• What a pity ADC6 and ADC7 appear to be unconnected.
    That thru-hole USB “B” connector is starting to look pretty huge to me!

  • This probably has an obvious answer that I’ve missed somewhere but, I’m guessing it doesn’t come with a USB A-B cable , am I right, and can it be powered from that USB cable?

  • Is there a FPGA Shield (Altera, not Xilinx) for the Uno? Would LOVE one of these!

    Also, is there any way to interface the Uno with MATLAB, or is the only current way available requiring compiling the MATLAB code into C code using MathWork’s proprietary software, Coder? Any ideas?

    • There is another way to link between MATLAB and an Arduino skipping the C route. Check out the first link for a general overview of MATLAB’s capabilities in this area. You will be able to code MATLAB to drive motors, control I/O, etc., all without touching C if you do not want to. You will need the support package in the second link, but with both of those, you should be set.

      http://www.mathworks.com/hardware-support/arduino-matlab.html http://www.mathworks.com/matlabcentral/fileexchange/32374

  • Newbie question: How do I make this show up as a keyboard?

    Thanks in advance!

  • This thing works GREAT! It worked first time right out of the box. The only thing I had to do was install the driver on my laptop (learn on this page: http://arduino.cc/en/Guide/Windows#toc4). I bought this board after repeated failure to get the ‘ATmega328 w/ bootloader’ (sku: DEV-09217) to work. I was using the ‘Pocket AVR Programmer’ (sku: PGM-09825) through USB on my laptop, but the laptop would never properly identify the programmer. I could upload the bootloader, but never upload any program. I’ve had no problems with the UNO board so far.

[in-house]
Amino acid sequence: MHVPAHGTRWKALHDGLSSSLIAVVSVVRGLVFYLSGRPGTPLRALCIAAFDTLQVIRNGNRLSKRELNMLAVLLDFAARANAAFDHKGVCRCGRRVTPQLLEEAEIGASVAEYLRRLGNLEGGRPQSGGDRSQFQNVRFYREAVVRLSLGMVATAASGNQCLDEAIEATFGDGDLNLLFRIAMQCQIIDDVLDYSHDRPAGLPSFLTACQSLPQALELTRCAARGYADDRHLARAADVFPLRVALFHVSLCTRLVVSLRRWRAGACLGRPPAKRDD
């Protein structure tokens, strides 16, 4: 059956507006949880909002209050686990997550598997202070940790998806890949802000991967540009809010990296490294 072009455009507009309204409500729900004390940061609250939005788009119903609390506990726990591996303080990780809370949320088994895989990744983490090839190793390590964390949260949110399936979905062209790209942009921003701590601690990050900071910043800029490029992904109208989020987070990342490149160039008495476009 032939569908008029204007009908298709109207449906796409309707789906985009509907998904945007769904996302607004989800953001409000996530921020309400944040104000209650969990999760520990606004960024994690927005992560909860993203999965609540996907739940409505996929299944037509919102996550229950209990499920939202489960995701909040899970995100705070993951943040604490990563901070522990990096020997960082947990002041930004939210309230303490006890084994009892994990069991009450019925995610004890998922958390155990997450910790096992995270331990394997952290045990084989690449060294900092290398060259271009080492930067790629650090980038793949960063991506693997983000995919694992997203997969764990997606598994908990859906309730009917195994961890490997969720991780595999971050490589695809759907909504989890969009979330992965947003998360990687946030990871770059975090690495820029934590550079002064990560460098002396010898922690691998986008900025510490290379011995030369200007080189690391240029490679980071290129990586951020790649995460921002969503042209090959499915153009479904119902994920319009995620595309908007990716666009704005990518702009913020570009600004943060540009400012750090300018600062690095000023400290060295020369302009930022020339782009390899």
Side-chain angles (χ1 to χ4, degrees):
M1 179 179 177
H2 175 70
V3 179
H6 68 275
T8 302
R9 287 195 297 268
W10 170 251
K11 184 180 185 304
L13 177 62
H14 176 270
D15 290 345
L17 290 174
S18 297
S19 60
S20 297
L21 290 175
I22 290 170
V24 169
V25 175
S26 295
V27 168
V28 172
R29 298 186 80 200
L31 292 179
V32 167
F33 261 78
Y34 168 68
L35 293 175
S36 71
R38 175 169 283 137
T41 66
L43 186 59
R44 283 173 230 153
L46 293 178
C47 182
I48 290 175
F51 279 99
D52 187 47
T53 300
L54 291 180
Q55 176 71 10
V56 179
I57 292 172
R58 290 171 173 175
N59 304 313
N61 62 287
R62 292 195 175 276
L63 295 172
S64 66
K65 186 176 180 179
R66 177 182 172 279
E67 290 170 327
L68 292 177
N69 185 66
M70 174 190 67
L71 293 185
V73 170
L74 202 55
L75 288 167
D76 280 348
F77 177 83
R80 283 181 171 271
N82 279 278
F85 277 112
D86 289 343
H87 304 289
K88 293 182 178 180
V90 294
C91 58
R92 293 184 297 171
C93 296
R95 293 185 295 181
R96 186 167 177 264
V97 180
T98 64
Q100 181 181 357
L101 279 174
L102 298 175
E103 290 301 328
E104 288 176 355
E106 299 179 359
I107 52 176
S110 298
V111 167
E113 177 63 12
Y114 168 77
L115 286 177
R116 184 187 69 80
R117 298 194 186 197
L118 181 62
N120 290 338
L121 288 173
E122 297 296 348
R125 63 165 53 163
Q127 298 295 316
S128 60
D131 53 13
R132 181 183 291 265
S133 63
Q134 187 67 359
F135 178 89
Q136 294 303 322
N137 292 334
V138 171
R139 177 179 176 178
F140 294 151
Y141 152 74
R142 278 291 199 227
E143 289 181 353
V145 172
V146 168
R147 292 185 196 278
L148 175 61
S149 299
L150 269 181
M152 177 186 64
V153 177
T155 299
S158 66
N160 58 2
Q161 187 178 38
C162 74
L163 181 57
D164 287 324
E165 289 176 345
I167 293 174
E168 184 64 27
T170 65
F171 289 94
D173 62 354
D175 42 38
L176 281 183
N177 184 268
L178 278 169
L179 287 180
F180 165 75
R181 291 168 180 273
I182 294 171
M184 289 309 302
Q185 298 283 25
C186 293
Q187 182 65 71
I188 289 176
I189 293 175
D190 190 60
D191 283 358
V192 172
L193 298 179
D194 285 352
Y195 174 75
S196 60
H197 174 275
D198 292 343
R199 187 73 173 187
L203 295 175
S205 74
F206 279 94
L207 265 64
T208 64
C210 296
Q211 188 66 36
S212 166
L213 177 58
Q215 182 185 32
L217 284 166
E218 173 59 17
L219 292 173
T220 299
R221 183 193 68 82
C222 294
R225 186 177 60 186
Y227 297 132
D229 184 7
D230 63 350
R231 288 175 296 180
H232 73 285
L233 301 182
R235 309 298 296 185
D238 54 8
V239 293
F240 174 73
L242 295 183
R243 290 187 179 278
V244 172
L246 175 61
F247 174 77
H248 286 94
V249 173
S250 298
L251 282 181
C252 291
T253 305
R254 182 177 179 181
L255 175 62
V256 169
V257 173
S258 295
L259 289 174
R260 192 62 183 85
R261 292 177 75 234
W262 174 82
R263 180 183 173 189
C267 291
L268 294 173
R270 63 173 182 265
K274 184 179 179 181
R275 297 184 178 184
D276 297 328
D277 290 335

I think I’m going to try and use the Arduino Uno as an ISP programmer next; see if I can properly upload a program to that AVR chip :)

  • Will you post Eagle files for this device?

  • In a few years the arduino will be so small, yet the footprint will need to stay the same for shields… Already there is a huge chunk of open PCB real estate.

  • What are exact physical dimensions for Uno boards?
    Thanks

  • I bought several of these the first time they were available, and won’t again. They all had strange issues with Win7: Com wouldn’t show up or would give an error when uploading. You would have to restart the computer start arduino fresh for it to upload,, which is a nonworkable pain. Fine with a mac ,but doesn’t like windows. Anyone else have this issue?

  • Not a fan of SMD design.